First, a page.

Its is 25 years since Goa attained Statehood. The demand for Statehood arose after it was realized that the Union Territory status was emboldening vested interests from New Delhi and other parts of India to meddle in Goa’s matters. Such a demand perhaps would not have been even made in the first place, if the assurance from India’s first Prime Minister Jawarharlal Nehru was kept.
Whatever may be the circumstances which followed, Nehru’s promise was blown away in the winds. Indira Gandhi tried to salvage the situation by holding the Opinion Poll and then honouring the people’s verdict to retain separate status of the Union Territory, instead of merging the areas with neighbouring States. After Liberation, the influx of deputationists and others into Goa raised the first alarm over the possible loss of Goan identity.
The trend of Goans in authority in the union territory to promote the merger ideology did no small damage to this identity. Instead of enriching Konkani, these persons glorified Marathi and sought to merge with Maharashtra. Even after the people decisively rejected the merger idea, they had the audacity to continue with the mergerist label of their political party. They tried to play the communal card and kept control over the Administration. It took another 15 years to unseat the mergerists.
The grant of Statehood to an extent helped maintain separate
identity – at least on paper, but it failed to meet people’s aspirations for which it was primarily demanded. Our mother tongue was used as a ploy by vested interests to advance their personal interests, rather than Goan identity. True, Konkani gained hallowed entry into the 9th Sechedule of the Constitution, but today it holds little pride amongst Goans because of the politics involved in its script.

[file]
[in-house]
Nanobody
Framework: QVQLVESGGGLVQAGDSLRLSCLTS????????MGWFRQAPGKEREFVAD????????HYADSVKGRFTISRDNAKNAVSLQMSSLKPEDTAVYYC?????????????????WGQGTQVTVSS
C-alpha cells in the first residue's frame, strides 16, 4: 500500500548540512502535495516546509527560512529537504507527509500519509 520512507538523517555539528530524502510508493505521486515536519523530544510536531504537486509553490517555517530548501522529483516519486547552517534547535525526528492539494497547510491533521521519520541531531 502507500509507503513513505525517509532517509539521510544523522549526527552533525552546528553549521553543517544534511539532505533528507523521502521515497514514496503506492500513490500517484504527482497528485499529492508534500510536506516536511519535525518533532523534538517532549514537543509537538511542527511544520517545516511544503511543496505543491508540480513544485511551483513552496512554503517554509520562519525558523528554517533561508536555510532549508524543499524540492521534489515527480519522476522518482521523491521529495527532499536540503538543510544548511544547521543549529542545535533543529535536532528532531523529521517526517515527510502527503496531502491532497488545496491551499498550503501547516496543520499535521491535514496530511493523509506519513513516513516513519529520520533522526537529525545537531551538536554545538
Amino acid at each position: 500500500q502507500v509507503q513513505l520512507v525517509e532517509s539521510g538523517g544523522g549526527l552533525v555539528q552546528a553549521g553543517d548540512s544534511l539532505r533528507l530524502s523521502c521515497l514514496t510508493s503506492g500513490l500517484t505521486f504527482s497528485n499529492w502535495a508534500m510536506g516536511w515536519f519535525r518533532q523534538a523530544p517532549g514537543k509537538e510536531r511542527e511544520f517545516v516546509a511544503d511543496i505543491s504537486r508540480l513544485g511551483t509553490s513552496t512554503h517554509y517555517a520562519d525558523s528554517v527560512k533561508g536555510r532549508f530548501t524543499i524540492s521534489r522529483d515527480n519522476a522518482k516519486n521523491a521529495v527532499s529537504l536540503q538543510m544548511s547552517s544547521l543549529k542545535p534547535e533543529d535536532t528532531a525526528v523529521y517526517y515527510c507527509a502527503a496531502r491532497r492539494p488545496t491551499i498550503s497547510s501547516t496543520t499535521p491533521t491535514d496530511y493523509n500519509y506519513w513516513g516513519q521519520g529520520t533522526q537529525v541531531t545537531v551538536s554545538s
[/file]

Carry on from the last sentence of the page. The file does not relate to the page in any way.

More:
Due to Statehood, the debt of Goa has gone beyond Rs 6000 crore. Now, people have realized that their identity is being eroded, what with the influx of moneybags out to buy Goa, and politicians in cahoots with bureaucrats playing the role of land brokers. The situation of identity has reached such dimensions that the new mantra is Special Status – as if it will retrieve all our lost identity.
Of course, Statehood has cheered politicians and their kin, who can now virtually ensure their progeny thrive by being elected every year. It is not that there were no positive sides to Statehood. The micro-entrepreneurs and traditional occupations have survived due to government schemes. Of course, we do not want to claim that Statehood alone was responsible for development, because development would have taken place any way, as a Union Territory ( Compare the progress Daman and Diu have made during the same period.).
What Statehood has primarily failed in, is to maintain Goa’s
separate culture. And, what has upset the populace is the joint collaboration by elected representatives to dilute this dream
because the ultimate goal of Statehood was to preserve and promote Goan identity. Though autonomy allowed the State to pass legislation which was beneficial to the State, those in power also passed laws that were beneficial exclusively to the political class and was determental to the State, specially with regard to natural resources.